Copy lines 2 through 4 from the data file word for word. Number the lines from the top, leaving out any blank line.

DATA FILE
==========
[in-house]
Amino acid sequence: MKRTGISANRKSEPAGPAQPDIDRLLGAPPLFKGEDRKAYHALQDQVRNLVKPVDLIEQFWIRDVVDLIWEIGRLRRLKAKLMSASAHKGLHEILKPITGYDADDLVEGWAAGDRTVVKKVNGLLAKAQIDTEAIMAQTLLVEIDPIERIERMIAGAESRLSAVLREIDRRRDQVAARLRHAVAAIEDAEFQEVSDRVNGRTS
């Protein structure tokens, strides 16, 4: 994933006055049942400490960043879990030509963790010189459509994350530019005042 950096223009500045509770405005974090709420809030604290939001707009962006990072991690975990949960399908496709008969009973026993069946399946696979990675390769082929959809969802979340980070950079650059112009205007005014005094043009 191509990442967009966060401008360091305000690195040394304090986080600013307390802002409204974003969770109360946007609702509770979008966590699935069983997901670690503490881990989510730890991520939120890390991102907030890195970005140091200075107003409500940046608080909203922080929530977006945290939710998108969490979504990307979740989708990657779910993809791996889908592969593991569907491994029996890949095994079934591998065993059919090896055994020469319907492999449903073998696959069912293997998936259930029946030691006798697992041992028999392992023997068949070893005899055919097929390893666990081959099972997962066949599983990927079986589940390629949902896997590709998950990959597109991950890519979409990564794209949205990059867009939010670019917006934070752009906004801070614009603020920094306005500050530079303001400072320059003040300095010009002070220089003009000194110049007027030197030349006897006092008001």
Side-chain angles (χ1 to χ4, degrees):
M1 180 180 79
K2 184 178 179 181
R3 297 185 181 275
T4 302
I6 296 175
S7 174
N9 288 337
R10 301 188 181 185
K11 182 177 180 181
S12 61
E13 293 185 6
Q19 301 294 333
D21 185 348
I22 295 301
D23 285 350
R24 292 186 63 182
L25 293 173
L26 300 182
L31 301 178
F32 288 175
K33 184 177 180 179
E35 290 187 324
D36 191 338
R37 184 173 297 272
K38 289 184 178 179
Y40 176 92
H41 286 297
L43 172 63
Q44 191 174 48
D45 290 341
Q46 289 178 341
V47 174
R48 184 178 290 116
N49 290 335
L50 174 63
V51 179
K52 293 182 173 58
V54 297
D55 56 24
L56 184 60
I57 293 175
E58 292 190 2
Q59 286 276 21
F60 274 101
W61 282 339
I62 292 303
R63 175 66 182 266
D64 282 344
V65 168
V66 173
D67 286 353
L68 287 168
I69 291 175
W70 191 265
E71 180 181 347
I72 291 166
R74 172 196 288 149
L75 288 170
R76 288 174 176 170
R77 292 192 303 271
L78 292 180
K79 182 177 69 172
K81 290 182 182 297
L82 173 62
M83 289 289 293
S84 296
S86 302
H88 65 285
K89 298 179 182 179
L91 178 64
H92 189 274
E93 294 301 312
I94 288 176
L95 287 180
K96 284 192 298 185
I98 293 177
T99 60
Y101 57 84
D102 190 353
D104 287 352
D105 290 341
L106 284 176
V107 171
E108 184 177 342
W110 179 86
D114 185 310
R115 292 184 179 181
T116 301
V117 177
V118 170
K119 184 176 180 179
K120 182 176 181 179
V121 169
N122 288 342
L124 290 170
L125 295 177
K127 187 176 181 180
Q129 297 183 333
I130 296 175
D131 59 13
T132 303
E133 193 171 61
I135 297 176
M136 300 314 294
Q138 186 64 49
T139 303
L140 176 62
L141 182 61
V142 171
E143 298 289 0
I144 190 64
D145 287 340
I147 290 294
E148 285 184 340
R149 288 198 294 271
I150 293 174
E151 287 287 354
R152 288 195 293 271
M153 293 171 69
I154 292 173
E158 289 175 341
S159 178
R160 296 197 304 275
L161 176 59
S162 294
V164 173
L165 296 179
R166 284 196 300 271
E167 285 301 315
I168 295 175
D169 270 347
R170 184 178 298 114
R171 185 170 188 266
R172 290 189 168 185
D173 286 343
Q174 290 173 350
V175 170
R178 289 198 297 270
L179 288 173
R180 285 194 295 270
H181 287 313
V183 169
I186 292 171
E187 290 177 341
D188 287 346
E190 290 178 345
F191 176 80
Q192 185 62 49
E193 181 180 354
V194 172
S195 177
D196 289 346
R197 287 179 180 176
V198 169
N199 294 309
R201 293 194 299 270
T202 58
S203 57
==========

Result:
Amino acid sequence: MKRTGISANRKSEPAGPAQPDIDRLLGAPPLFKGEDRKAYHALQDQVRNLVKPVDLIEQFWIRDVVDLIWEIGRLRRLKAKLMSASAHKGLHEILKPITGYDADDLVEGWAAGDRTVVKKVNGLLAKAQIDTEAIMAQTLLVEIDPIERIERMIAGAESRLSAVLREIDRRRDQVAARLRHAVAAIEDAEFQEVSDRVNGRTS
């Protein structure tokens, strides 16, 4: 994933006055049942400490960043879990030509963790010189459509994350530019005042 950096223009500045509770405005974090709420809030604290939001707009962006990072991690975990949960399908496709008969009973026993069946399946696979990675390769082929959809969802979340980070950079650059112009205007005014005094043009 191509990442967009966060401008360091305000690195040394304090986080600013307390802002409204974003969770109360946007609702509770979008966590699935069983997901670690503490881990989510730890991520939120890390991102907030890195970005140091200075107003409500940046608080909203922080929530977006945290939710998108969490979504990307979740989708990657779910993809791996889908592969593991569907491994029996890949095994079934591998065993059919090896055994020469319907492999449903073998696959069912293997998936259930029946030691006798697992041992028999392992023997068949070893005899055919097929390893666990081959099972997962066949599983990927079986589940390629949902896997590709998950990959597109991950890519979409990564794209949205990059867009939010670019917006934070752009906004801070614009603020920094306005500050530079303001400072320059003040300095010009002070220089003009000194110049007027030197030349006897006092008001």
Side-chain angles (χ1 to χ4, degrees):